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Choosing dog boarding kennels and daycare

It's important to know what to look for when choosing a boarding kennel or doggy daycare for your dog so you can ensure they receive the best care possible.

Choosing a dog boarding kennel

Since the law changed in October 2018, those running a licensed dog boarding kennel, home boarding business or doggy daycare (including people operating as part of a franchise) must now meet a new set of standards.

These regulations focus on meeting the welfare needs of dogs and ensuring they're given the enrichment and company they need while they're boarding.

Each kennel must provide dogs with a suitable environment, as well as ensuring that they monitor your dog's behaviour and also keep a record of your dog's stay. These are just some of the things you should check are in place for your dog when using any boarding service.

As a guideline, your dog should always have the following while staying in boarding kennels:

  • Access to their own sleeping area at all times.
  • Enough space in the kennel to allow all dogs to sit and stand at full height, lie down fully, stretch out, wag their tail, walk and turn around.
  • At least one walk a day outside their kennel.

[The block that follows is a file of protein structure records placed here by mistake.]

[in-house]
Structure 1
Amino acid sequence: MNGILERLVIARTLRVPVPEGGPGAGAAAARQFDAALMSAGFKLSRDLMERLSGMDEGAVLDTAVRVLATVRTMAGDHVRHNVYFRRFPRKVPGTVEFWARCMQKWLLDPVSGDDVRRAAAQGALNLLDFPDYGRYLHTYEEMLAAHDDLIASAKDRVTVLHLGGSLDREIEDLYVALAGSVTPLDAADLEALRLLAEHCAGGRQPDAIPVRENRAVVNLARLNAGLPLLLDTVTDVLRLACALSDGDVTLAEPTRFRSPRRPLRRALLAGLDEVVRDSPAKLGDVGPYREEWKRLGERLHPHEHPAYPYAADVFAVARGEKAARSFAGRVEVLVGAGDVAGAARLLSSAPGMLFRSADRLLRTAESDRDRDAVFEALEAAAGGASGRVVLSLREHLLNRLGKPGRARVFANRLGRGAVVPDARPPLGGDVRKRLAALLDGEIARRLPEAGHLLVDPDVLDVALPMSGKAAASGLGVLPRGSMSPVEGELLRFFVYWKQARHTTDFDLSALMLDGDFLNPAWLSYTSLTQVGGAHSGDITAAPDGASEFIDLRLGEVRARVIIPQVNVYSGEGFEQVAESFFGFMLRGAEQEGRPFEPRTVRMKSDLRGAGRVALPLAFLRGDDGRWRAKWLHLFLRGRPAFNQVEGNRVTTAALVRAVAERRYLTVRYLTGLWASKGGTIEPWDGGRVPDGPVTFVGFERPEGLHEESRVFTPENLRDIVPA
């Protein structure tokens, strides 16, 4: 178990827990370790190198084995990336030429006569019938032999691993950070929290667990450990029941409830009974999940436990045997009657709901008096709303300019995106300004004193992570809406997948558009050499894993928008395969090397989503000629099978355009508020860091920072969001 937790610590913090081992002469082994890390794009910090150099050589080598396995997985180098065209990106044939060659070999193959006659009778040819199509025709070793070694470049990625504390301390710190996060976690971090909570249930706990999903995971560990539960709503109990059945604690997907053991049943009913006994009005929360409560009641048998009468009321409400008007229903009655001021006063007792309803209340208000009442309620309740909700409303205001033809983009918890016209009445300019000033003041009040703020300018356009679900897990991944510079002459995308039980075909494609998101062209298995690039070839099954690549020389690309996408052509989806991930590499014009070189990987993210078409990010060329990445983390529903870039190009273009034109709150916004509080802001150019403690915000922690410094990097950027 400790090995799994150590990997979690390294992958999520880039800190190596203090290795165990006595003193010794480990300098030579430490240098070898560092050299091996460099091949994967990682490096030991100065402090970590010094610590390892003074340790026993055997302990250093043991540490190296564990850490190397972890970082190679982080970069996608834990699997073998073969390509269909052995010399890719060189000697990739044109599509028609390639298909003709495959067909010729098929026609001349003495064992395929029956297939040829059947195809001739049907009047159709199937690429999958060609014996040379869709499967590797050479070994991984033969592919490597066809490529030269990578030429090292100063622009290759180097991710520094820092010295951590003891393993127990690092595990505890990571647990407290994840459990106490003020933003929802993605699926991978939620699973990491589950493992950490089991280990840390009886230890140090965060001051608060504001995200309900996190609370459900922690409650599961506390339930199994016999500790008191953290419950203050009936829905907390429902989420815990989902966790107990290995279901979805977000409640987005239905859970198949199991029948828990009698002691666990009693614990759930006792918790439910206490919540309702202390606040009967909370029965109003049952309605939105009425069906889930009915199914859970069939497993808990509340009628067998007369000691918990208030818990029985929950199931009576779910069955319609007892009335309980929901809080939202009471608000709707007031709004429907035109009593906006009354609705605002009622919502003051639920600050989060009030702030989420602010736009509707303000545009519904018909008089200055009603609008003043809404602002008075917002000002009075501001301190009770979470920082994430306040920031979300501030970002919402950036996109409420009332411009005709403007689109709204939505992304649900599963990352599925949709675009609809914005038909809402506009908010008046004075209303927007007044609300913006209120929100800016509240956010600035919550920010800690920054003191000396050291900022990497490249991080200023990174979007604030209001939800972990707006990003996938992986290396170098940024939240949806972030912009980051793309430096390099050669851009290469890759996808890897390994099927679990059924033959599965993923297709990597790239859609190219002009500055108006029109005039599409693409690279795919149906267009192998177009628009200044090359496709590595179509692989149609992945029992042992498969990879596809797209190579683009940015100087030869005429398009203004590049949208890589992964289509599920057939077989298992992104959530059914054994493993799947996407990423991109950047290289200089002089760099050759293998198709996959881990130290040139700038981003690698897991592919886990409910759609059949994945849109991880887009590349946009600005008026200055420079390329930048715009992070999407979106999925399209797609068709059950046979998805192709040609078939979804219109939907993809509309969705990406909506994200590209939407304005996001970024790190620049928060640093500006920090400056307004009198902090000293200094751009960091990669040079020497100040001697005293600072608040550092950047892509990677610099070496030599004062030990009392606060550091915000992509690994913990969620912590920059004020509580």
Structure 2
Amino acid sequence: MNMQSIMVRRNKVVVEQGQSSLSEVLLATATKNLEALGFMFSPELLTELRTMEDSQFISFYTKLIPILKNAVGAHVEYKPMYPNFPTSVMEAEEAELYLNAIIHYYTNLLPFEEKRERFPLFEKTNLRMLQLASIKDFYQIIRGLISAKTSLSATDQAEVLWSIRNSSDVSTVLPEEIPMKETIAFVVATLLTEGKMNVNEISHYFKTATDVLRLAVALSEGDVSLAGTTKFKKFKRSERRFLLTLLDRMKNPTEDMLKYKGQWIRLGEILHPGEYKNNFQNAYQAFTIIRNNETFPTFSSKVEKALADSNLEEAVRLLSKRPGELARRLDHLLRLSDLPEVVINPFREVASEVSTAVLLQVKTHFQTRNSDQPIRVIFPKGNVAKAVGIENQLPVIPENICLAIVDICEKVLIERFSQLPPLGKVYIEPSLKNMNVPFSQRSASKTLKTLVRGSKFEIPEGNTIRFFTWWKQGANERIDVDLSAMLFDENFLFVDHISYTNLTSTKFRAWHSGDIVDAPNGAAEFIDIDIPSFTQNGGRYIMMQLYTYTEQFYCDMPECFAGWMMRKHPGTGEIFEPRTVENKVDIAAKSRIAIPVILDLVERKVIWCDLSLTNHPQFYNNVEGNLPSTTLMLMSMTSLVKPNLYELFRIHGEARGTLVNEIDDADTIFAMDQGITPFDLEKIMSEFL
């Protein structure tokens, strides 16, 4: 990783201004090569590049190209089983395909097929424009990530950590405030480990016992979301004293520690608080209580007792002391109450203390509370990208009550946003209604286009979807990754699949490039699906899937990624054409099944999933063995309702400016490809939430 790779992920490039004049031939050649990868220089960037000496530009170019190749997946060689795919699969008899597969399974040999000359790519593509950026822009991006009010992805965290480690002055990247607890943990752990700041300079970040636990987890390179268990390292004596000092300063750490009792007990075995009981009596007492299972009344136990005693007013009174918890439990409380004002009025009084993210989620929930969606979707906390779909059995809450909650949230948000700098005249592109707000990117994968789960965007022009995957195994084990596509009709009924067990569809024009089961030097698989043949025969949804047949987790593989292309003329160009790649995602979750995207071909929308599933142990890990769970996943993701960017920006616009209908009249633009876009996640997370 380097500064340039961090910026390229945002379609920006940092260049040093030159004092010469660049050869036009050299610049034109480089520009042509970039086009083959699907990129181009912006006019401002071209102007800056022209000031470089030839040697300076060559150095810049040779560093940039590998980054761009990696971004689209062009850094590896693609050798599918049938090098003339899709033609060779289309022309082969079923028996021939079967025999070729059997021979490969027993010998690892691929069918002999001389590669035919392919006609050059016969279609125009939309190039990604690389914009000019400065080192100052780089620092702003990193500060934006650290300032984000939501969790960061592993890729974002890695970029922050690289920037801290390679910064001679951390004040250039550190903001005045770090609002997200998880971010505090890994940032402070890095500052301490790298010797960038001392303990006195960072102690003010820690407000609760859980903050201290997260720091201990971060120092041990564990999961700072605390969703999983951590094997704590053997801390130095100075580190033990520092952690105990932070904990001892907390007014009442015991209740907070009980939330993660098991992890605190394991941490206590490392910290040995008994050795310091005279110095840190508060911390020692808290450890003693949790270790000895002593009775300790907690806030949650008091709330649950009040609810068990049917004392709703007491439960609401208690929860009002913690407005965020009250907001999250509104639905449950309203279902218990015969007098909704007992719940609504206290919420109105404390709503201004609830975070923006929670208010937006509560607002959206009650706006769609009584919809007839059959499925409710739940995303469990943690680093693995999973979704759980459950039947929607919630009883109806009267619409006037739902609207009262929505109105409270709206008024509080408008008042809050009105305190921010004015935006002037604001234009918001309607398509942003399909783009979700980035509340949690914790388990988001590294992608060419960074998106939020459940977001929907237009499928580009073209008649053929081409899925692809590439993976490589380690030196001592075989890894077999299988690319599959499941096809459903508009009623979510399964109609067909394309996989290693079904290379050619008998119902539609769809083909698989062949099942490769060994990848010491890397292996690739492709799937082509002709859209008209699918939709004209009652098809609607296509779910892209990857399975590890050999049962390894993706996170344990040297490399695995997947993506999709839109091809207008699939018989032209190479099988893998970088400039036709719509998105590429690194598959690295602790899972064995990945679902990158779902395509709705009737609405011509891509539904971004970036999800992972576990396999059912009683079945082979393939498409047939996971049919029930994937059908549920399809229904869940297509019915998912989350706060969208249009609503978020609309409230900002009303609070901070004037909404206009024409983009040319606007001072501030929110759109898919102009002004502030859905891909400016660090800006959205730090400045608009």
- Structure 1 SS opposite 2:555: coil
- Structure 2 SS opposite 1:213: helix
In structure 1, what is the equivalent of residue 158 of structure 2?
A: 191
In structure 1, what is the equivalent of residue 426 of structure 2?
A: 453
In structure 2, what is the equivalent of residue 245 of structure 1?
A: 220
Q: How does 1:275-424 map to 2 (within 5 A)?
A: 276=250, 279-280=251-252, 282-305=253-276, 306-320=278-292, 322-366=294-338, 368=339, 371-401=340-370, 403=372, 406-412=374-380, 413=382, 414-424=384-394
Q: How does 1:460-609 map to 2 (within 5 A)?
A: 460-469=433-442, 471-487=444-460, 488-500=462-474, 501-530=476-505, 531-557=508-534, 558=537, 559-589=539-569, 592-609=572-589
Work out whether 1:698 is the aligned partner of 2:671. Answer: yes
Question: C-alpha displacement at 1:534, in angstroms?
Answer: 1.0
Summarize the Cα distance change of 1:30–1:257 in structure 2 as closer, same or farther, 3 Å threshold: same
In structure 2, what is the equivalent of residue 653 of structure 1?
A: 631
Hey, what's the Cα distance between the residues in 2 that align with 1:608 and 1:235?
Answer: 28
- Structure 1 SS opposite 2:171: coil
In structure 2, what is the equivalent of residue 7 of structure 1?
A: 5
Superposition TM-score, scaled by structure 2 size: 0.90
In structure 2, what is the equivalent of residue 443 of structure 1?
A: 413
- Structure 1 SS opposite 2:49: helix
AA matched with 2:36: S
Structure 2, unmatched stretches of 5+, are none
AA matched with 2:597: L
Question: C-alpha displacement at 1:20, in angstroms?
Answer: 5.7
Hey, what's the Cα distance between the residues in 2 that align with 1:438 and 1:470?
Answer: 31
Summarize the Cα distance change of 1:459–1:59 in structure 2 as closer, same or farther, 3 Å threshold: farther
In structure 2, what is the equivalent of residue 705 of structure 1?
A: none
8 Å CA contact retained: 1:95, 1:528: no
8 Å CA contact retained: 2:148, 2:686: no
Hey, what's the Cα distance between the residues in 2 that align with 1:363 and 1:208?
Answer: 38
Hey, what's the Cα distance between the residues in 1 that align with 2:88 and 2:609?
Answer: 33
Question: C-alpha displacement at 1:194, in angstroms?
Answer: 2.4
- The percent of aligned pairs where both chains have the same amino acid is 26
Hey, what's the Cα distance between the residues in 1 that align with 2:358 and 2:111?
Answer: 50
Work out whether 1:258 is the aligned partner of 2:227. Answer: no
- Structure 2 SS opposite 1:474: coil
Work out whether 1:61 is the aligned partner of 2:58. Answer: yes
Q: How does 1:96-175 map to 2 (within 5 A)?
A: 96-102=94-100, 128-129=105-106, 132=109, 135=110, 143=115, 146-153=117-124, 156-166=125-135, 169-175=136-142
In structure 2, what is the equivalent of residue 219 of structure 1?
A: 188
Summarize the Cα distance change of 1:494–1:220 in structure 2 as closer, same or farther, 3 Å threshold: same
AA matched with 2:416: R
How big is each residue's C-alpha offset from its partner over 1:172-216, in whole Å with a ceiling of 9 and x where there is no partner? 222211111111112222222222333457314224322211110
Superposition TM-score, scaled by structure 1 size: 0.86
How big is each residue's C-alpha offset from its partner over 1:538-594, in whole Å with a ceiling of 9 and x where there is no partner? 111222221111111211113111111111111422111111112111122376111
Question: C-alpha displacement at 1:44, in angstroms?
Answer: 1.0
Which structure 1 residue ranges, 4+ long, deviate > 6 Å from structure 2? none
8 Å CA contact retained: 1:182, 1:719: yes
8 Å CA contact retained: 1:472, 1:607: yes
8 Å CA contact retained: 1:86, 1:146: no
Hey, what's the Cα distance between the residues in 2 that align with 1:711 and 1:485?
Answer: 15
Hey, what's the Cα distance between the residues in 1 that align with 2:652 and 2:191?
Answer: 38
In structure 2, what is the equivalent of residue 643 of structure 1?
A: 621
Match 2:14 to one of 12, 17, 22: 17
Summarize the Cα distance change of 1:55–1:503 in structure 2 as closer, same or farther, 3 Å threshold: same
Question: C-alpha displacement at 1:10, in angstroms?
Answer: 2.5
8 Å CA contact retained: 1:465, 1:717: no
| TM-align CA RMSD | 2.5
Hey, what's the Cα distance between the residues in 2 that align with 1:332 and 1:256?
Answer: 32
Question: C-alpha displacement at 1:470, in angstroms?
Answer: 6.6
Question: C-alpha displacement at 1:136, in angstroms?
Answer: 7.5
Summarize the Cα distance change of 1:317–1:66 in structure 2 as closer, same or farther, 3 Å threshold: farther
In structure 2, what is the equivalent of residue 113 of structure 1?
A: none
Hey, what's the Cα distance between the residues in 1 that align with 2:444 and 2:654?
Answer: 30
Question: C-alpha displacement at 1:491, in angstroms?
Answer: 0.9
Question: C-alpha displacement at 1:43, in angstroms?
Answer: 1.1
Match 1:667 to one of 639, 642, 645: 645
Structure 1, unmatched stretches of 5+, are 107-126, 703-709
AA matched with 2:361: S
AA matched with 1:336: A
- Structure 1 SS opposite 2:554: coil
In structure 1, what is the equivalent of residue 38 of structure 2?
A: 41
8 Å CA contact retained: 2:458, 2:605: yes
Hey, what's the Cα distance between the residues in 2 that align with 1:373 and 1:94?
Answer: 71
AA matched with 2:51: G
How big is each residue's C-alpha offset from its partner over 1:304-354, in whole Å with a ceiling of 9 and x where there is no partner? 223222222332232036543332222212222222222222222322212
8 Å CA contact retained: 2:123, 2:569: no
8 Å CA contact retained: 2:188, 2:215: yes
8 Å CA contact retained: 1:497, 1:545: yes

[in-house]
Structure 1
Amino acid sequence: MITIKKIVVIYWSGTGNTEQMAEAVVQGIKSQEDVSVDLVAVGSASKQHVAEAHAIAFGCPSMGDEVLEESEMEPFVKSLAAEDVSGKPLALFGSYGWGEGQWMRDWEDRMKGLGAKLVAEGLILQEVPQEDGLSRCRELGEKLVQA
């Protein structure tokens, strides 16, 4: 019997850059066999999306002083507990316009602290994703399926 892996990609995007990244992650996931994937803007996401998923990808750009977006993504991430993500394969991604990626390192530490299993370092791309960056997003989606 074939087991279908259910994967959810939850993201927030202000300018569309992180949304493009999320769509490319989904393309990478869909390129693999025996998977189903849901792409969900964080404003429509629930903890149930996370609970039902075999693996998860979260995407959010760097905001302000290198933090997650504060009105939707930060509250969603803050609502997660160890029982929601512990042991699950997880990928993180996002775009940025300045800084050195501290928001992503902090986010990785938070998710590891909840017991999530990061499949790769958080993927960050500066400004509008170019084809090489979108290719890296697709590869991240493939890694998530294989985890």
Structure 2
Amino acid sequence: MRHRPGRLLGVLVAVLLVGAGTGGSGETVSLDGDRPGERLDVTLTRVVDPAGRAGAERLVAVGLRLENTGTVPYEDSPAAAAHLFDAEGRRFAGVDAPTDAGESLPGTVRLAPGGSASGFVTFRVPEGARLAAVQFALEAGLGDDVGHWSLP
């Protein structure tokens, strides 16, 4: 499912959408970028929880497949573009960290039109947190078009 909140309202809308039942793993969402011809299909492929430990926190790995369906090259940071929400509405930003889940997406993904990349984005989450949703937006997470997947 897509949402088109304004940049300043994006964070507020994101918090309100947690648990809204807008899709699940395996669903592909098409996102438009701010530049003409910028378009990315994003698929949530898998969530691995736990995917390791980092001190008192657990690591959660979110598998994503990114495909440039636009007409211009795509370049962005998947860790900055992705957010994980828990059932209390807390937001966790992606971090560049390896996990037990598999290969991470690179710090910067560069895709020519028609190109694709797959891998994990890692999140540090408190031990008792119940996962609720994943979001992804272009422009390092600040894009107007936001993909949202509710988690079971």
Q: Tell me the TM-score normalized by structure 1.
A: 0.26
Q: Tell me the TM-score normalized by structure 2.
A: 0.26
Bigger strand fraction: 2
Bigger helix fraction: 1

• Their own kennel unit, unless you've given permission for your dog to share with another dog from your household.
  • Toys to keep them occupied.

Boarders who aspire to higher standards will offer two walks per day, each lasting for at least 20 minutes.

Choosing dog home boarding

Licensed home boarding businesses must provide a suitable environment, monitor your dog's behaviour and keep comprehensive records.

Your dog must be:

  • Accommodated within the home and have their own room where they can be kept separate from other dogs if needed. Rooms don't include conservatories, garages, cellars, outside buildings/sheds, balconies or outside structures.
  • Exercised at least once a day and as appropriate for their age and health.

As with boarding kennels, home boarders aspiring to even higher standards will provide your dog with two walks per day and for a minimum of 20 minutes.

Choosing a doggy daycare

All dog daycare businesses, including people operating as part of a franchise, are now required to monitor all dog behaviour, company and the environment in which they're cared for.

For a dog daycare to be fully licensed, in their care, your dog must be:

  • Assessed before they can go to the daycare provider to make sure they're not scared, anxious or stressed around other dogs and people.
  • Able to access a toilet area where they can go to the toilet when they want to.
  • Able to access a safe space where they can avoid seeing people or other dogs if they choose to.

Daycare providers aspiring to even higher standards will also document the interactions your dog has with people throughout the day.

As always, if you feel that these conditions aren't being met, we urge you to walk away (taking your dog with you) and file a report to the kennel's local council. You can visit CGSG to find out more about how your dog should be looked after while in dog daycare.

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